A silver lining for Indian rice exports?

Rice exporters of India are expecting a windfall as Thailand and Vietnam suffer from droughts and crop losses respectively. However, the loss of access to the Iranian market for Basmati rice along with increasing shipment costs and delays threaten to dent potential gains.

Rice Export

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As the largest exporter of rice in the world market today, India faces stiff competition from Thailand and Vietnam (second and 3rd largest exporters respectively). But both are presently going through significant challenges. Thailand, with annual exports of 7.56 million metric tonnes, was hit with the worst drought in 40 years during January-May, 2020, which affected the production of off-season rice and corn. Further, farm gate prices have shot up as reservoirs and water supplies fell.

Vietnam, with annual exports of rice at 6.58 million metric tonnes is suffering crop losses due to the lower water levels in its Mekong River Delta – the main water supply source for rice. In contrast, India’s rice exports witnessed a YoY increase of 35% in FY 21 and specifically, non-basmati exports have surged by 68% YoY during April-July, FY’21.

According to APEDA, around 60% of India’s Basmati Rice goes to Saudi Arabia, Iraq, Iran, UAE, and Yemen and exports have a tendency of staying more or less constant at 4.5 million tonnes. But the non-basmati variety experiences unstable demand and its markets are mainly restricted to  Bangladesh, Nepal, Benin, and Senegal. Now that supply from Thailand is erratic, its top export destinations including US, Benin, China, and South Africa are expected to look for alternatives – particularly Viet Nam and India. It is therefore the X factor in India’s rice export trends.

India has an edge right now over Vietnam for supplying non-Basmati rice varieties to the world for two reasons. The first is increased demand by Vietnamese local traders after the end of the summer-autumn harvest. Secondly, increasing cases of COVID-19 in Vietnam have made people resort to hoarding the staple grain. Together, these factors have elevated the price for the next few months.

Further, the rupee has depreciated by about 3% against the dollar, this year, which has made India’s exports competitive. Consequently, there is a price gap of about US$ 90 per tonne in the non-basmati variety between Indian prices and the prices of Vietnam and Thailand. The latter’s price range is US$ 490-500 and Indian rice ranges at around US$ 400 per tonne. Such advantages have made Indian non-basmati exporters optimistic that exports will rise to their highest ever levels of 8.64 million tonnes in FY 18.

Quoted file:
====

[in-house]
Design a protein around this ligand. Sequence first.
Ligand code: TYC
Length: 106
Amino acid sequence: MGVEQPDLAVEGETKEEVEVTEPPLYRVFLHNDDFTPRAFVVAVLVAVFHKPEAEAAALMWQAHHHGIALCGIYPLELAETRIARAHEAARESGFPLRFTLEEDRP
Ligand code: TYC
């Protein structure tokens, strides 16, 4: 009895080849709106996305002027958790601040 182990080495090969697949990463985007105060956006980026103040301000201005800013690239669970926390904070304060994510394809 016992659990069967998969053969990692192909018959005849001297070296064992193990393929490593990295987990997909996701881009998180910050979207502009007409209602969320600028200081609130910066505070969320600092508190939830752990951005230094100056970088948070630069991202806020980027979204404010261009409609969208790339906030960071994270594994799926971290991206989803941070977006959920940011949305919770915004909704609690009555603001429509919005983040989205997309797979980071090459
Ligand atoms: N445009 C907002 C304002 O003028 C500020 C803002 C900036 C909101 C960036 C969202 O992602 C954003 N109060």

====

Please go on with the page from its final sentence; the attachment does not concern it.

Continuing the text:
Further, China’s cut in supply to South African markets, when a flood damaged the local crops also acts as an opportunity for Indian exporters. At this time India has sufficient production, expected to reach 102.36 million tonnes, at around 0.38 million tonnes higher than last year’s estimates and 6.7 million tonnes greater than the five year’s average of 95.66 million tonnes; according to an Agricultural Ministry report. Furthermore, increase in the minimum support price of paddy, which makes exporting of the crop unattractive for farmers, has not happened this time.

However, there are some flip sides to this rosy picture. One is India losing the Iranian market of basmati rice to Pakistan. Around 30% of Indian Basmati was ordered by Iran in FY 2019-20, at nearly 1.3 million tonnes. However, US sanctions have caused payment related issues. Pakistan is showing up as a barter partner with Iran. However, since India has stopped purchasing crude oil from Iran, the chances of striking a barter deal for rice against fertilizer seems lesser, as US$ 1 billion worth of fertilizers from the Iranian market doesn’t seem cost-effective to India.

The second issue that is arising is a shortage of containers and rising freight charges experienced by Indian exporters. Overseas cargo rates have spiked by about 50% over the last month and freight rates have risen too, from US$ 1,200 to US$ 1,800 per tonne. There is a shortage of containers as imports from the earlier supplier – China – have fallen significantly. These surging costs might reduce India’s competitive edge, unless urgent measures are undertaken to address shipment costs and delays.

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